>I'm kind of surprised at the level of antagonism against libertarianism in this thread liberalism is gay. that's all.
(175.90 KB 500x500 Grace pic transparent.png)
>>2244 >starts your historiography by praising a different form of government, the Middle Ages, as if that was the beginning of time (like usual for neofeuds). >paints a framework antagonistic to royal monarchy; depicts royal MONarchy as the start of a decline, both absolute and constitutional >complains about how MONarchy is a kind of MONOpoly >sides with the church to promote the free market, diverts that energy against monarchs for muh secularization/centralization (the tradcath x ancap alliance) And libertarians wonder why some people on a /MONarchy/ don't like them. If libertarians complain about how royal monarchy is monopoly, and by principle oppose monarchical order in favor of anarchistic free market neofeudalism (+clericalism), I want nothing to do with them. I am sure these feelings are mutual. >>2179 NRx are pretty much crypto-libertarians, at this point, many of whom once ex-libertarians. They only like to reject libertarianism to seem better... >>2219 Libertarians predominate and own this board. There are at least 6 libertarian anons on /monarchy/. The /liberty/ crossposters have /monarchy/ as a side project. I've known everyone on this board long enough.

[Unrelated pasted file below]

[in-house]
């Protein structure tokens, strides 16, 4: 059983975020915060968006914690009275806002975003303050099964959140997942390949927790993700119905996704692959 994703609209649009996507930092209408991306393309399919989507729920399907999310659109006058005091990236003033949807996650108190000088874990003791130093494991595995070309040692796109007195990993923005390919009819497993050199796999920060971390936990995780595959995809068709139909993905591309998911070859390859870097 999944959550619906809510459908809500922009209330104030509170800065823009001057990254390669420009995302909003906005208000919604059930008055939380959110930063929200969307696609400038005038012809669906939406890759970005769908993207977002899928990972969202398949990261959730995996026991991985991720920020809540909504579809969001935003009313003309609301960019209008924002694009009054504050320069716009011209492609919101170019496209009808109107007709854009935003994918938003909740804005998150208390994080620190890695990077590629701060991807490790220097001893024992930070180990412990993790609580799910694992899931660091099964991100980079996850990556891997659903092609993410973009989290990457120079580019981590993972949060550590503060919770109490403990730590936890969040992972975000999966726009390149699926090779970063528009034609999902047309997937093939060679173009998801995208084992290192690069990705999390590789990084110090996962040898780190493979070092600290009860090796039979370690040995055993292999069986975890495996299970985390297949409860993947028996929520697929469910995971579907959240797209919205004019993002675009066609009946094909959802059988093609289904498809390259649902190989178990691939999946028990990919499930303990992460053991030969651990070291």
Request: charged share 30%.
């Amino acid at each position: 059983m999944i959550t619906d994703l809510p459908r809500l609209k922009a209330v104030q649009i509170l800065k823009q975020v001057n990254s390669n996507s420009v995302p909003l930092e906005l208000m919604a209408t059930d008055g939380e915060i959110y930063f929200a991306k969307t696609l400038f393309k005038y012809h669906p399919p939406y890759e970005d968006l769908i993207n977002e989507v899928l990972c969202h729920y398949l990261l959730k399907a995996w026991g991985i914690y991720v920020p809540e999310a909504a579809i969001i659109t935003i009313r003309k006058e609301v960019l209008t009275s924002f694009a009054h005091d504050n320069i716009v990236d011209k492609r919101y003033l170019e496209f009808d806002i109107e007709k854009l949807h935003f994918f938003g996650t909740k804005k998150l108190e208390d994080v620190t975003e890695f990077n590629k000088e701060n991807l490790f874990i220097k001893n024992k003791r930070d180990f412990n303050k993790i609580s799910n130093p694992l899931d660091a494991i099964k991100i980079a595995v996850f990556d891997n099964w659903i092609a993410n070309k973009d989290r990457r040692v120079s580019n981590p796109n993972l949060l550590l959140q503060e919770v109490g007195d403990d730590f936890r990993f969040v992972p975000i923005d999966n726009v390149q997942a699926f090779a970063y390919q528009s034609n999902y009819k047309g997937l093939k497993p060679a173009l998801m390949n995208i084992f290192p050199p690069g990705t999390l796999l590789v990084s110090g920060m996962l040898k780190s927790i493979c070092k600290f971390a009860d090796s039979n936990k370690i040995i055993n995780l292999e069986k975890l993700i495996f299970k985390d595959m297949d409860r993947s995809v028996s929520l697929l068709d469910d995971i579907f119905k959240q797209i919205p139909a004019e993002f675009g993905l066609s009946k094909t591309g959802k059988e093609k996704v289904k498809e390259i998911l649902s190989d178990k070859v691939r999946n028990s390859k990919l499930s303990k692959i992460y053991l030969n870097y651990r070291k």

>>2247 To add onto that, there is only a small number of times that the phrase "less bad compared to democracy" is flattering... but indicating that monarchy is still bad nonetheless plucks a feather or two.
>>2247 >>sides with the church to promote the free market >free market >Church i don't get it
(237.33 KB 413x594 Death-of-Henry4.jpg)
(2.64 MB 2307x1237 Jacques_Clément.jpg)
(47.84 KB 530x404 GunpowderPlot.jpg)
>>2249 They converge b/c religious private schools & welfare w/o statism, plus the Catholic church is appealed to as another means to limit muh secular government from the libertarian motive. Whereas the tradcath prioritizes theocracy over royalism (SUBMIT TO ROME) + only views papal monarchy and royal oligarchy (meaning, royals & emperors as not monarchs in their own right, but as nobles before the papal monarchy as a universal monarchy). The anti-royalist tradcaths, in particular, are very clingy to the regicide doctrines and like to converge with the Protestant anti-royalists (parliamentarians and the sort) in bashing those monarchists in return... mostly because of resentment to Prussia and Henry VIII, but even prior to this through the Investiture Controversy and Roman Empire.
>>2247 What's wrong with feudalism peasant, since it's the way things are going.

Quick Reply

no cookies?